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Chaitén

Chaitén, the capital of the La Palena Province in Chile’s Region X Los Lagos, was once a Patagonian transportation hub. The small city was packed with hostels, hotels and restaurants; the markets bustled with fishmongers and artisans; couples strolled the seafront promenade. Tour agencies took visitors on the Futaleufú River, to soak in the hot Termas de Amarillo springs or through the pristine forests of Parque Pumalín. This was the place to embark on a journey down the Carretera Austral or to rest before returning to “civilization” in Chiloé and Puerto Montt. Was. Until May 2, 2008.

The land had been shaking for a few days. Everyone thought the rumbles were coming from Volcán Michinmahuida. But when the volcano blew, everyone—even volcanologists—were surprised to see that it was Cerro Chaitén, a hill that didn’t even make it on maps. Chaitén had been dormant for 9,400 years. The government ordered an evacuation of Chaitén, and 7,000 residents left as coarse ash began to fall over the city. The Río Blanco, blocked by ash and lahar (an ash-cinder-mud mixture), broke free of man made restraints and returned to its original course through the center of town. (To view a chronology of Volcán Chaitén’s eruption and photos, see http://geology.com/events/chaiten-volcano).

For three months, ferry services from Chiloé Island and Puerto Montt were suspended. After the ferries began to run again, this southern sliver of Chile was finally reconnected with the rest of the country. Some people began coming back to protect their properties and retrieve belongings. The scene that welcomed them was one of utter devastation. Homes had ash up to their first-floor windows; those near the river were covered to the roof. Inside, the ash was at least 30 centimeters (one foot) deep. Outside was a wasteland of damaged buildings and the twisted wreckage of trucks.

By January 2009, about 100 Chaiteninos had returned, cleaning out their businesses to welcome weary ferry travelers. They reopened hostels and stores, despite the lack of electricity, water and land telephone lines.

Chaitén, though, once more had to be evacuated of townfolk and tourists on February 18, 2009, when one of the volcano’s lava domes partially collapsed. The Chilean government officially declared the village off-limits for overnight stays. It later announced Chaitén would be rebuilt near Santa Bárbara to the north. The town of Futaleufú was declared the new capital of Provincia de Palena.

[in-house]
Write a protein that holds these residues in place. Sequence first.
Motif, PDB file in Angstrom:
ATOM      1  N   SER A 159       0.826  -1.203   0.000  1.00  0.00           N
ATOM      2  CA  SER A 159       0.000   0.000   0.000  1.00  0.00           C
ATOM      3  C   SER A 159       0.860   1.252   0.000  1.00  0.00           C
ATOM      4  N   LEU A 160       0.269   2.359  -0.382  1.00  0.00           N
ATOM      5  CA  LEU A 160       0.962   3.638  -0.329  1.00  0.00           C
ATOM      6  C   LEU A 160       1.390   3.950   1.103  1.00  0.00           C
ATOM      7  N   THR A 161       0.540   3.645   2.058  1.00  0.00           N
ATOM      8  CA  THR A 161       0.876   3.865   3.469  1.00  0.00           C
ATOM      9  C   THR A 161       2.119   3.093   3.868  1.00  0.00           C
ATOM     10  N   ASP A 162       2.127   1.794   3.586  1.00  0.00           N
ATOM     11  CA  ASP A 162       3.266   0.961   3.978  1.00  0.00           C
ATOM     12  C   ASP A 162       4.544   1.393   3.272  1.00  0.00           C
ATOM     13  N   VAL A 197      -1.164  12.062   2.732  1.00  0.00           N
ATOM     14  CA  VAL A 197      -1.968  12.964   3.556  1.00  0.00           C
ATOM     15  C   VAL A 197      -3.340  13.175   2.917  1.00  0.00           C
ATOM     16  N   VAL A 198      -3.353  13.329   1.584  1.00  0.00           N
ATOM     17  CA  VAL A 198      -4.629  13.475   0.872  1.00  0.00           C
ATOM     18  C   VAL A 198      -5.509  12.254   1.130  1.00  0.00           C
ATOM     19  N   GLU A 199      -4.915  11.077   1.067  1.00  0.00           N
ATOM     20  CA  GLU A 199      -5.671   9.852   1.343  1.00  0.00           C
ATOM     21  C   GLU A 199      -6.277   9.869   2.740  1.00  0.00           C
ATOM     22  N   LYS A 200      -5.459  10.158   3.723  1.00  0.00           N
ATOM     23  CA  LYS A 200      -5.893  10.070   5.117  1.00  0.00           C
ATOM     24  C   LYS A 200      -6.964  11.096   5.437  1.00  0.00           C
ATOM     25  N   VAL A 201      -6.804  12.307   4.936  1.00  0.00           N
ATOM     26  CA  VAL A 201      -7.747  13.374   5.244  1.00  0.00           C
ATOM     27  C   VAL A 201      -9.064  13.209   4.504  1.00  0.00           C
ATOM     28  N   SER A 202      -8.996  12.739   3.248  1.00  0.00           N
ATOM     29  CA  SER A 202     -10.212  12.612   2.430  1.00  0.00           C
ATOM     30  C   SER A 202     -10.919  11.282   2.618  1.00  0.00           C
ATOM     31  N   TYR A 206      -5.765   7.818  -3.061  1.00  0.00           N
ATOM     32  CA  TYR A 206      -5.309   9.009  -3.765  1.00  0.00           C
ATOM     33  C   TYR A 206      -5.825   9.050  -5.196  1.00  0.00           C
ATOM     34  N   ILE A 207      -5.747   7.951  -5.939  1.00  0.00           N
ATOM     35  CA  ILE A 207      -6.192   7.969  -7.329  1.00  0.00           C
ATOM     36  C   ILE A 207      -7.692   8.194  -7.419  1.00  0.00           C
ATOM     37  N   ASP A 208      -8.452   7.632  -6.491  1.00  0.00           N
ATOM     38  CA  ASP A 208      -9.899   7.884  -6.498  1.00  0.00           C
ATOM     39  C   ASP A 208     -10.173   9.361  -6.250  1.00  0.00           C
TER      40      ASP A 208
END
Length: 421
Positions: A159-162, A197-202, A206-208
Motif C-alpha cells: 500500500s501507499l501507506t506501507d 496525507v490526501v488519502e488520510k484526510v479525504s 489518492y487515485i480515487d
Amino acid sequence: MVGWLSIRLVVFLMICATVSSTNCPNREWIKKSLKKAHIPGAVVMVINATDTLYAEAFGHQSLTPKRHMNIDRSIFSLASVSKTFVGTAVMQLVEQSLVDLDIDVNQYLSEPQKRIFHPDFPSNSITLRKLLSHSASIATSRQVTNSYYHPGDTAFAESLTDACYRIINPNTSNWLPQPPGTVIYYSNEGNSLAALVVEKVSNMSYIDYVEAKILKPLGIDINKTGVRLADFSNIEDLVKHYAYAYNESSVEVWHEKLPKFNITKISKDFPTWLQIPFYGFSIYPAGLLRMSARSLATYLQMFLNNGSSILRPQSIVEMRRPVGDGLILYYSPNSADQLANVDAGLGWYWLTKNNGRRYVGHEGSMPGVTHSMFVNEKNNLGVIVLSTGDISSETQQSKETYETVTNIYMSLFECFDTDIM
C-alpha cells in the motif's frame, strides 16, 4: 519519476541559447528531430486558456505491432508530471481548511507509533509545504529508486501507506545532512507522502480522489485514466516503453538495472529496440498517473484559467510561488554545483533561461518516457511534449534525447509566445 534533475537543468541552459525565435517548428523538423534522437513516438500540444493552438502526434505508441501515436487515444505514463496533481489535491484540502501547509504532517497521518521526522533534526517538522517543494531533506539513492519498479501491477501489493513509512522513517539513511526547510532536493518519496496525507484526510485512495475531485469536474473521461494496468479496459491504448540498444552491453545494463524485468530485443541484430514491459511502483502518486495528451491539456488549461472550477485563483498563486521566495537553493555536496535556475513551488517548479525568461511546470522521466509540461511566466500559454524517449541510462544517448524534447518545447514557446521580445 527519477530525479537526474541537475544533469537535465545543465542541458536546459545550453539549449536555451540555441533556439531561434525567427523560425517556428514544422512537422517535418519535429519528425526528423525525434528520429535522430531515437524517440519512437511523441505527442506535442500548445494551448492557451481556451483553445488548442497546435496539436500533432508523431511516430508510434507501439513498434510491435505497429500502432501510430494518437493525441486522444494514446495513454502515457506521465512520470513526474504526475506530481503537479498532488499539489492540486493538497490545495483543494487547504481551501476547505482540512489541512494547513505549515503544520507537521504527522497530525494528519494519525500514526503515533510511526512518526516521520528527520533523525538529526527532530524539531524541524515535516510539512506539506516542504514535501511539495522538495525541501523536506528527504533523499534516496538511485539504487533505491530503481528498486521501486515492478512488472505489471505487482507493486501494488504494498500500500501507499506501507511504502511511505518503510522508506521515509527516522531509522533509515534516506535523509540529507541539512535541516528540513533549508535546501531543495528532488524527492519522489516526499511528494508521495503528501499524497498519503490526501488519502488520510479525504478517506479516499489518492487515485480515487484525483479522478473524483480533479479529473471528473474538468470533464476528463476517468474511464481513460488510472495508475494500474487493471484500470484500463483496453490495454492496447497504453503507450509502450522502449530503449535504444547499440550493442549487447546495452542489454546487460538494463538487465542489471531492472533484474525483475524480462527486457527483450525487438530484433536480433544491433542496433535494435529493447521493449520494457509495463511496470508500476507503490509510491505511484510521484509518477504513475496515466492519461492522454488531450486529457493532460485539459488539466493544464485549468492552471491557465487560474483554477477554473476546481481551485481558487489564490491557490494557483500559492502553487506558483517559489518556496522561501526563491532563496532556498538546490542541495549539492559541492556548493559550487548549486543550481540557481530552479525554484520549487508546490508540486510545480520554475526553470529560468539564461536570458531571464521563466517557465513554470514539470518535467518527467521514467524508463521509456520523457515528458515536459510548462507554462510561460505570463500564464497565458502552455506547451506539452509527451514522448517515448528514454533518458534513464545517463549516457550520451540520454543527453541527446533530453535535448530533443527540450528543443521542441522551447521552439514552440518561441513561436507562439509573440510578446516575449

Ferry services continue to bring tourists to this part of Chile’s northern Patagonia, but passengers must immediately move on. The nearest lodging is in El Amarillo and Puerto Cárdenas on Lago Yelcho. El Amarillo also has camping, as does Ventisquero Yelcho. Since the initial 2008 eruption, Parque Pumalín has been closed to visitors.

The wood-shingled church on Chaitén’s main plaza was not damaged. On the square is an impressive monument to the town’s victims of the 1973-1989 dictatorship. The bridge over Río Blanco has the best view of Volcán Chaitén, which looks like something out of The Lord of the Rings. From its ragged slopes billow clouds of steam and ash. It continues to build at astounding rates. Between May 2008 and January 2009 the volcano more than doubled its original height. Volcanologists consider the volcano, only 10 kilometers (6 mi) from town, to be extremely unstable. Volcán Chaitén yet is active, pumping ash clouds into the skies above the Carretera Austral. A third lava dome has formed.

Before embarking on any journey to Chaitén, check with the nearest Carabinero post to see what the present conditions are and to assure ferry services are not disrupted. The latest on the volcano’s activity can be scoped out at www.sernageomin.cl (in Spanish) and http://volcanism.wordpress.com/category/volcanoes/chaiten (in English).

 

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Other places nearby Chaitén: Caleta Tortel, Reserva Nacional Coyhaique, Reserva Nacional Jeínemeni, Futaleufú, Reserva Nacional Futaleufú, Hornopirén Village, La Junta, Puerto Río Tranquilo, Puerto Guadal and Parque Nacional Hornopirén.







By Lorraine Caputo

Upon re-declaring her independence at age 29, Lorraine Caputo packed her trusty Rocinante (so her knapsack's called) and began...

22 Jan 2010

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